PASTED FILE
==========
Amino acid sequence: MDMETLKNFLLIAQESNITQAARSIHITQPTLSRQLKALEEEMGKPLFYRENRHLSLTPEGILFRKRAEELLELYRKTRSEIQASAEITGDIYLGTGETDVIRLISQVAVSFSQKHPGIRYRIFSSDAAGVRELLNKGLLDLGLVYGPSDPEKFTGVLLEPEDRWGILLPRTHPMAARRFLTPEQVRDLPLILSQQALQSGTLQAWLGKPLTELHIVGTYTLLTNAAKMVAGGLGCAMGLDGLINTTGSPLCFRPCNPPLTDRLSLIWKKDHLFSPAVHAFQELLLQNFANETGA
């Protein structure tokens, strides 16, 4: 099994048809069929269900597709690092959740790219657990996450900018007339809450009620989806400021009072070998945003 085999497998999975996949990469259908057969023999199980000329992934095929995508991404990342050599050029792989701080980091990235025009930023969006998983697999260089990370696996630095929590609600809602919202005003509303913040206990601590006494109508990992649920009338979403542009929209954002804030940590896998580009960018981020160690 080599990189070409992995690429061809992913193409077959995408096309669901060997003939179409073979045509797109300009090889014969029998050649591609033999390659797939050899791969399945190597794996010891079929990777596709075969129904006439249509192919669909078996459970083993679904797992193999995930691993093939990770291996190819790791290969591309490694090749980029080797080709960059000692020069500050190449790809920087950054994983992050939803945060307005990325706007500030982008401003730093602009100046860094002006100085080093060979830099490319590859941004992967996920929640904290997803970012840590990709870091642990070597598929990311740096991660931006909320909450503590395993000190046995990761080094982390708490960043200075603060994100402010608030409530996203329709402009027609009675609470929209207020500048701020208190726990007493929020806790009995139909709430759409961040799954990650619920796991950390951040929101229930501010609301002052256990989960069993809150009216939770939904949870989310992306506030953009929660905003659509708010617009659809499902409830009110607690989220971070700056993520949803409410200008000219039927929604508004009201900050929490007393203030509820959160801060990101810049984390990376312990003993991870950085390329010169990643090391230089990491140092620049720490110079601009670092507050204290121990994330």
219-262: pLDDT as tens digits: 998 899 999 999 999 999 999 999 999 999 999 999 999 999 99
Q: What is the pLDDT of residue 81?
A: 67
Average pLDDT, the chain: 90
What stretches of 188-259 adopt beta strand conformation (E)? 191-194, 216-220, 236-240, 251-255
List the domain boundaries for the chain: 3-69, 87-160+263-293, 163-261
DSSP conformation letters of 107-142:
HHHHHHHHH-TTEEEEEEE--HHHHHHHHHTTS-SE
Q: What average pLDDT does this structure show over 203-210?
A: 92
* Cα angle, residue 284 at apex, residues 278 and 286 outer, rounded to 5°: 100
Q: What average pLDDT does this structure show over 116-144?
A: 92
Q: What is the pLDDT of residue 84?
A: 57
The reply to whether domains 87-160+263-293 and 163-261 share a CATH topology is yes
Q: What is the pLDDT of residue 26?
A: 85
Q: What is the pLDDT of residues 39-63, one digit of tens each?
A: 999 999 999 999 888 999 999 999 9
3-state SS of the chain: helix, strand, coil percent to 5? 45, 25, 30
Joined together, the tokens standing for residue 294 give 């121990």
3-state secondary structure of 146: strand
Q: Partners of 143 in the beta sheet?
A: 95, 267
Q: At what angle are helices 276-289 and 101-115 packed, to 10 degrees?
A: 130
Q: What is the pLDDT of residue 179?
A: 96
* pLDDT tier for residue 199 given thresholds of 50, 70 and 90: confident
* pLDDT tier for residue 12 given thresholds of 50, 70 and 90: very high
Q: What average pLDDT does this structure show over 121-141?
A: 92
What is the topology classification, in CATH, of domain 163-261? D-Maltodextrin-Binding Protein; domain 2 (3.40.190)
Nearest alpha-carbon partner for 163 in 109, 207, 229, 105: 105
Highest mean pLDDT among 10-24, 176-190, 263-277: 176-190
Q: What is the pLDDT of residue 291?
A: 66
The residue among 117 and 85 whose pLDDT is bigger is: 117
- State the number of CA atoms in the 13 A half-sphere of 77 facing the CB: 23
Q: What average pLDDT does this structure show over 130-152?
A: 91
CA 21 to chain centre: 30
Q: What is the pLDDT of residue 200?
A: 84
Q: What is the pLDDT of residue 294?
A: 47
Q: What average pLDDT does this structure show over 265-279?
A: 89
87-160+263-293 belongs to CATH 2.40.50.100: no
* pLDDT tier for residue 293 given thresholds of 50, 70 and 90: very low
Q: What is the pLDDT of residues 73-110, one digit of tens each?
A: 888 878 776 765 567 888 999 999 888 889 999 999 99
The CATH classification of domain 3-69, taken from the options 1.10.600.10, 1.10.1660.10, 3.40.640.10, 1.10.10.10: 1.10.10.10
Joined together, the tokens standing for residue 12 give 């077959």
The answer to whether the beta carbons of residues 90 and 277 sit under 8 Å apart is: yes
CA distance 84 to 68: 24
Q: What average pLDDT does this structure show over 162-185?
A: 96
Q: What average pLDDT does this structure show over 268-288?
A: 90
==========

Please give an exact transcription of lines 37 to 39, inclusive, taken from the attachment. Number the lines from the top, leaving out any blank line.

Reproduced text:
Nearest alpha-carbon partner for 163 in 109, 207, 229, 105: 105
Highest mean pLDDT among 10-24, 176-190, 263-277: 176-190
Q: What is the pLDDT of residue 291?